W3C home > Mailing lists > Public > public-webapps@w3.org > October to December 2009

Re: Semi-public resources in Uniform Messaging

From: Tyler Close <tyler.close@gmail.com>
Date: Wed, 9 Dec 2009 13:30:14 -0800
Message-ID: <5691356f0912091330s54a8b233rec754ac85e3db2d1@mail.gmail.com>
To: Ian Hickson <ian@hixie.ch>
Cc: public-webapps@w3.org
On Wed, Dec 9, 2009 at 10:10 AM, Ian Hickson <ian@hixie.ch> wrote:
> On Wed, 9 Dec 2009, Tyler Close wrote:
>> On Wed, Dec 9, 2009 at 7:43 AM, Ian Hickson <ian@hixie.ch> wrote:
>> > Ok, let's move on to a more complex case.
>> >
>> > Consider a static resource that is protected by a cookie authentication
>> > mechanism. For example, a per-user static feed updated daily on some
>> > server by some automated process. The server is accessible on the public
>> > Web. The administrator of this service has agreements with numerous
>> > trusted sites, let's say a dozen sites, which are allowed to fetch this
>> > file using XHR (assuming the user is already logged in). The sites that
>> > fetch this file do not require authentication (e.g. one could be my portal
>> > page, which is just a static HTML page, without any server-side script).
>> > Other sites must not be allowed access to the file.
>> >
>> > How does one configure the server to handle this case?
>>
>> Again going with the simplest thing that could possibly work:
>>
>> Each of the per-user static feeds is referenced by a unique
>> unguessable URL of the same format used in the previous example. For
>> example,
>>
>> https://example.com/user123/?s=42tjiyrvnbpoal
>> https://example.com/user456/?s=sdfher34nvl34
>> ...
>>
>> Again, a GET response from such a URL carries the same-origin opt-out
>> header.
>>
>> The user gives this URL only to those services he wants to access the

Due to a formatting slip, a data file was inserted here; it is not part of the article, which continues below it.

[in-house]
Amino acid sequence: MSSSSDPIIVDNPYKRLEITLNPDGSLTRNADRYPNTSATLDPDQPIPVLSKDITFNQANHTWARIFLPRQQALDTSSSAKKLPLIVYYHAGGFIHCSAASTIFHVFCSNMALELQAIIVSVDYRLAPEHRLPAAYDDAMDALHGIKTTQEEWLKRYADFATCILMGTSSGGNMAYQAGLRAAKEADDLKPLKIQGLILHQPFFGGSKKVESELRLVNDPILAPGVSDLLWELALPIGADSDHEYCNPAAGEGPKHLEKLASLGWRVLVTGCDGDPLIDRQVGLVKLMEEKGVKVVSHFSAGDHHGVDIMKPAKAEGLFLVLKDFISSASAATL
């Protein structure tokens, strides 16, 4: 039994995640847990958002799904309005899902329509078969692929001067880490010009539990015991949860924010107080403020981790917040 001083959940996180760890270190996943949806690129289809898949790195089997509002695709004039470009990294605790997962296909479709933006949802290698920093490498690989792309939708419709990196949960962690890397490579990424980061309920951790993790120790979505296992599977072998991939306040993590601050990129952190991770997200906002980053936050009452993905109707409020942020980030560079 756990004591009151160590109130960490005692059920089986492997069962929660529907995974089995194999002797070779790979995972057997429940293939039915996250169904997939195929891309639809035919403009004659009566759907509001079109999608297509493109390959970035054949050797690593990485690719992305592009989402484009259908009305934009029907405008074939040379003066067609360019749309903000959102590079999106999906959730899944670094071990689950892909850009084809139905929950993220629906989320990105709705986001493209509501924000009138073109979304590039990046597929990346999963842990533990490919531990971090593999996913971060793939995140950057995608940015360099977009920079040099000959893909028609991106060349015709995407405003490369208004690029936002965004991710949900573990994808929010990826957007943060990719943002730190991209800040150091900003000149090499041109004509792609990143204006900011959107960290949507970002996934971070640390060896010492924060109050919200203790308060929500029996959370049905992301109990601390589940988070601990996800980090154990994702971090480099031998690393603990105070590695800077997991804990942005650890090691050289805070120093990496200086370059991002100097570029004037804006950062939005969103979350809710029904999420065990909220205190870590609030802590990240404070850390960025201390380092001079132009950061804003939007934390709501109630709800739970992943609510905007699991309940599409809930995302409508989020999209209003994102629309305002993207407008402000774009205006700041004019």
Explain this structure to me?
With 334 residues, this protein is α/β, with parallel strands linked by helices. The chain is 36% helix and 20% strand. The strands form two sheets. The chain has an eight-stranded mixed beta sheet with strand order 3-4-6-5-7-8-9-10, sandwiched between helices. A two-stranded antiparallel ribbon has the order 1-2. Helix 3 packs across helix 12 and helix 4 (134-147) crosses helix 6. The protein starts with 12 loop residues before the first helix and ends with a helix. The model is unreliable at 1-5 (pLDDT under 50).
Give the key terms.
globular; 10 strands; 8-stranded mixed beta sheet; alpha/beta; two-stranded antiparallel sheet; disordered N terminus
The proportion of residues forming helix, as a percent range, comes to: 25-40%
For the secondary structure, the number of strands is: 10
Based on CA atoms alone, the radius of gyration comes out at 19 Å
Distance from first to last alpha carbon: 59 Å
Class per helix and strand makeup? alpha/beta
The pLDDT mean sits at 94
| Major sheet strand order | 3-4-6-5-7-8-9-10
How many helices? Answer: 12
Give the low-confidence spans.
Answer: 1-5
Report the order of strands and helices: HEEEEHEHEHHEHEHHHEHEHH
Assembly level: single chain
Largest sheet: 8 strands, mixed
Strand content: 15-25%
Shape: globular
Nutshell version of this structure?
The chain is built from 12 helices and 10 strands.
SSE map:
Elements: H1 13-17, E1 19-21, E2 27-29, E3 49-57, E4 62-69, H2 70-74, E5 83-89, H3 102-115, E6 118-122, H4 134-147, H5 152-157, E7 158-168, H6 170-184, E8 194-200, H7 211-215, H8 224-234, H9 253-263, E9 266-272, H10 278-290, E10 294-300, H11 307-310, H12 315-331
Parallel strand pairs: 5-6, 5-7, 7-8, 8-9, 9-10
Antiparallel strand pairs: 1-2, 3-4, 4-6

>> feed. For example, you could copy this URL into your personal static
>> HTML page that acts as your portal.
>
> I think asking users to pass around secret tokens is a non-starter.

Users pass around secret tokens all the time, they just don't realize
that's what they're doing. I assume your statement above is actually
meant to say: "I don't want users to see the secret tokens". That's
fine. There are a number of ways of doing the GUI such that the user
doesn't see the token. We did just such an example for Maciej's
calendar scenario. For the above challenge, you specifically asked
about the configuration of the server, not the GUI. We can move on to
discussing the GUI if you're saying you have no problem with the
server configuration. The permission grant and permission exercise
phases are analogous to the previous Maciej calendar scenario, so we
can reuse those diagrams for the explanation. Just substitute "feed
reeder" for "upcoming event" site, and "read feed" for "add event".

http://sites.google.com/site/guestxhr/maciej-challenge

I'll note that I am providing UMP solutions to challenge problems that
meet arbitrary constraints placed on server and GUI. On the other
hand, no one has offered a CORS solution to the printing a photo
scenario that doesn't resort to using similar secret token techniques.
AFAICT, there is agreement that use of secret tokens is a necessary
technique, which is far from being a "non-starter".

--Tyler

-- 
"Waterken News: Capability security on the Web"
http://waterken.sourceforge.net/recent.html
Received on Wednesday, 9 December 2009 21:30:47 GMT

This archive was generated by hypermail 2.3.1 : Tuesday, 26 March 2013 18:49:35 GMT